The USPTO continued to require, however, that business method inventions must apply, involve, use or advance the "technological arts" in order to be patentable. This was based on an unpublished decision of the U.S. Board of Patent Appeals and Interferences, Ex Parte Bowman, 61 USPQ2d 1665, 1671 Bd Pat. App. & Inter. 2001. This requirement could be met by merely requiring that the invention be carried out on a computer.


2.5. History The reaction against business method patents after 2000

In October 2005 the USPTOs own administrative judges overturned this position in a majority decision of the board in Ex Parte Lundgren, Appeal No. 2003-2088 BPAI 2005. The board ruled that the "technological arts" requirement could not be sustained, as no such requirement existed in law.

In light of Ex Parte Lundgren, the USPTO has issued interim guidelines for patent examiners to determine if a given claimed invention meets the statutory requirements of being a process, manufacture, composition of matter or machine 35 USC 101. These guidelines assert that a process, including a process for doing business, must produce a concrete, useful and tangible result in order to be patentable. It does not matter if the process is within the traditional technological arts or not. A price for a financial product, for example, is considered to be a concrete useful and tangible result see State Street Bank v. Signature Financial Group.

The USPTO has reasserted its position that literary works, compositions of music, compilations of data, legal documents such as insurance policies, and forms of energy such as data packets transmitted over the Internet, are not considered "manufactures" and hence, by themselves, are not patentable. Nonetheless, the USPTO has requested comments from the public on this position.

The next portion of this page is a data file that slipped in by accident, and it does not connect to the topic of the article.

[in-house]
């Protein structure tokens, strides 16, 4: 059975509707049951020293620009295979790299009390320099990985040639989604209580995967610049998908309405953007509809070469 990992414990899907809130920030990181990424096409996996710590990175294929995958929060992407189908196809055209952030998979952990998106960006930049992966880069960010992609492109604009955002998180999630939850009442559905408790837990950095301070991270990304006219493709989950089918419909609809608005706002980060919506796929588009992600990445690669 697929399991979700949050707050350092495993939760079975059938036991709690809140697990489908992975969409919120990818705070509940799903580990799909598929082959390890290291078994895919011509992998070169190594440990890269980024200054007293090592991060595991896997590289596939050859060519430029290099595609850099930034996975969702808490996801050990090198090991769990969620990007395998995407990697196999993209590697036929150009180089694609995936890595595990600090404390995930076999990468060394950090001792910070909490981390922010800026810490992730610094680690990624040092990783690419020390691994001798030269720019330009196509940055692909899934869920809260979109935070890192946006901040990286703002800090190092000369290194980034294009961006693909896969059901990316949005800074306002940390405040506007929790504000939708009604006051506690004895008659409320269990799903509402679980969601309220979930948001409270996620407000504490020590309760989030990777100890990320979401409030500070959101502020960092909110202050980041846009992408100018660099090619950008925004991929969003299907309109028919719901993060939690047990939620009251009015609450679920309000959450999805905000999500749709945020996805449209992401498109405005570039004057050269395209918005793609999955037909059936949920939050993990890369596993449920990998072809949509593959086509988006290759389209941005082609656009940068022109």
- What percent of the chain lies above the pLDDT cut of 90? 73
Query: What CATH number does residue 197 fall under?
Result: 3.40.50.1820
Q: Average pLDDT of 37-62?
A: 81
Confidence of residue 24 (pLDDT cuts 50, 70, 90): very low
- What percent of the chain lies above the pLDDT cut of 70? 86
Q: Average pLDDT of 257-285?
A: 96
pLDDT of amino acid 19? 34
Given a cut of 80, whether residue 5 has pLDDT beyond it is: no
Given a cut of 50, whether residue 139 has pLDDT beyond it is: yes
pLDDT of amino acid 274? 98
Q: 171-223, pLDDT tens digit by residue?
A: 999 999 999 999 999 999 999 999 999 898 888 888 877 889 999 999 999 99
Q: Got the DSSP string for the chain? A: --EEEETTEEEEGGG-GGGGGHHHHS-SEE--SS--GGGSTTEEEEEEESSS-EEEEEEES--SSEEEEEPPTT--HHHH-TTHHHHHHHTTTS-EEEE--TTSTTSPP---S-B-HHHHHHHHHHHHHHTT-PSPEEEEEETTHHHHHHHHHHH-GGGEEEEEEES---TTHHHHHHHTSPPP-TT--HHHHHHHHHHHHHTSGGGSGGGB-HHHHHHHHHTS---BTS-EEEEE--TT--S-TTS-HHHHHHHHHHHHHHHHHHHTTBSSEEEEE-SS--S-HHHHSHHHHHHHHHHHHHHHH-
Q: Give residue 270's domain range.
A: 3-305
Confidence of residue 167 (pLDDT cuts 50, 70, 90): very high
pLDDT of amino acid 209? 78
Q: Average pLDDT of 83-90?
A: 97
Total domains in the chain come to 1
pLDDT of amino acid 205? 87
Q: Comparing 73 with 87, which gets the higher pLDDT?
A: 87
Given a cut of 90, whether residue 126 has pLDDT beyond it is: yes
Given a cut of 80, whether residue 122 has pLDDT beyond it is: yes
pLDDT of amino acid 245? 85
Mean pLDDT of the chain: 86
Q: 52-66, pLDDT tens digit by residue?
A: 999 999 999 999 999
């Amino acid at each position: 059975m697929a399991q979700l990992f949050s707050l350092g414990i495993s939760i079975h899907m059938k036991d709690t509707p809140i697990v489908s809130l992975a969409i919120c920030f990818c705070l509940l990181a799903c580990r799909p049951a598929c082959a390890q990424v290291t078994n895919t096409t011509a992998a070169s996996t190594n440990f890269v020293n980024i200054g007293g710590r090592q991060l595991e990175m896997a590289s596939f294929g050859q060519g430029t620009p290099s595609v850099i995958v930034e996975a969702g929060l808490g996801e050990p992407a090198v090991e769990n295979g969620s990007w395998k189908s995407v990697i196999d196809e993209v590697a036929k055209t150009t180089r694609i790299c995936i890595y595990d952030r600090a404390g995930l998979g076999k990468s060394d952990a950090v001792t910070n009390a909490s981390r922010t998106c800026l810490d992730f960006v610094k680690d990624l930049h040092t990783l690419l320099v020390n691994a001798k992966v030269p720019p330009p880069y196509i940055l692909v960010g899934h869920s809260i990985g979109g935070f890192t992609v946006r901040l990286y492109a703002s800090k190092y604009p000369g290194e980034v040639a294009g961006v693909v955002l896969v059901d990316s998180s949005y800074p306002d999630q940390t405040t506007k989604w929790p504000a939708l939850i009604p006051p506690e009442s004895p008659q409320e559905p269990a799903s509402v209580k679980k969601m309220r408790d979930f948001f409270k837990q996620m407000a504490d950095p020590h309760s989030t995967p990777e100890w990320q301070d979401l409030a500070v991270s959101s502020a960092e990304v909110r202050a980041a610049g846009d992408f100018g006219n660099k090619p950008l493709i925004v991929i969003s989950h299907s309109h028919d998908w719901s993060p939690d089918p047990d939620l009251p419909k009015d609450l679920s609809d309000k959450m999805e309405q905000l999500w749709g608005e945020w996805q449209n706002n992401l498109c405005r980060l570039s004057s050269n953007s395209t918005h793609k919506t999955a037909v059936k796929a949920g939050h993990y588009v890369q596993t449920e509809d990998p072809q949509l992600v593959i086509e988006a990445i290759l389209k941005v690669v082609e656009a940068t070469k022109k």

In 2006, Justice Kennedy of the US Supreme Court cast aspersions on business method patents when he commented that some of them were of "potential vagueness and suspect validity". This was expressed in a concurring opinion to the case of eBay Inc. v. MercExchange, L.L.C. There has been considerable speculation as to how this opinion might affect future business method patent litigation, particularly where a patent owner seeks an injunction to stop an infringer. In 2006, three Justices dissented from the dismissal of certiorari as improvidently granted in Laboratory Corp. of Am. Holdings v. Metabolite Labs., Inc., arguing that State Street enunciated an erroneous legal test under which processes that the Supreme Court had held patent-ineligible would be held patent-eligible.


2.6. History The Bilski case - 2010

In Bilski v. Kappos, 561 U.S. 593 2010, the Supreme Court held that the machine-or-transformation test is not the sole test for determining whether a claim comes within the "process" subject matter of the Patent Act and is thus patent eligible. Rather than being an exclusive test for eligibility, the machine-or-transformation test is "a useful and important clue, an investigative tool, for determining whether some claimed inventions are processes under § 101. With respect to the facts of the case before it, the Supreme Court affirmed the Federal Circuits en banc rejection of an application for a patent on a method of stabilizing cost inputs in the energy industry by hedging price rises against decreases. The Court held that the investment strategy set forth in the application was an "abstract idea," making it ineligible under that exception to the general subject-matter areas listed in the Patent Act.

The Supreme Courts decision in Bilski v. Kappos affirmed but sharply qualified the Federal Circuits 2008 en banc decision In re Bilski. The decision announced a "machine-or-transformation" test of patent eligibility that, if it had been accepted as the exclusive for process patents, would have made ineligible many business-method patents granted in the last decade. Although the Supreme Court rejected its exclusive use, the test is still important as a "useful and important clue" for determining patent eligibility of claimed process inventions. Under this test: first, processes that transform an article from one state or thing to another are patent eligible regardless of whether their use requires a machine. Processes involving transformation of abstract financial data, such as that claimed in machine format in State Street, are probably patent ineligible. Second, processes that do not make patent-eligible transformations are patent eligible only if they are claimed to be carried out with a" particular machine.” It appears that a programmed general-purpose digital computer is not a particular machine, for this purpose. It is unclear from Bilski whether a particular machine must be novel and nonobvious, and specially adapted for carrying out the new process. The Supreme Court’s decision in Parker v. Flook seems to call for that, but the Bilski court did not choose to opine on this point at that time.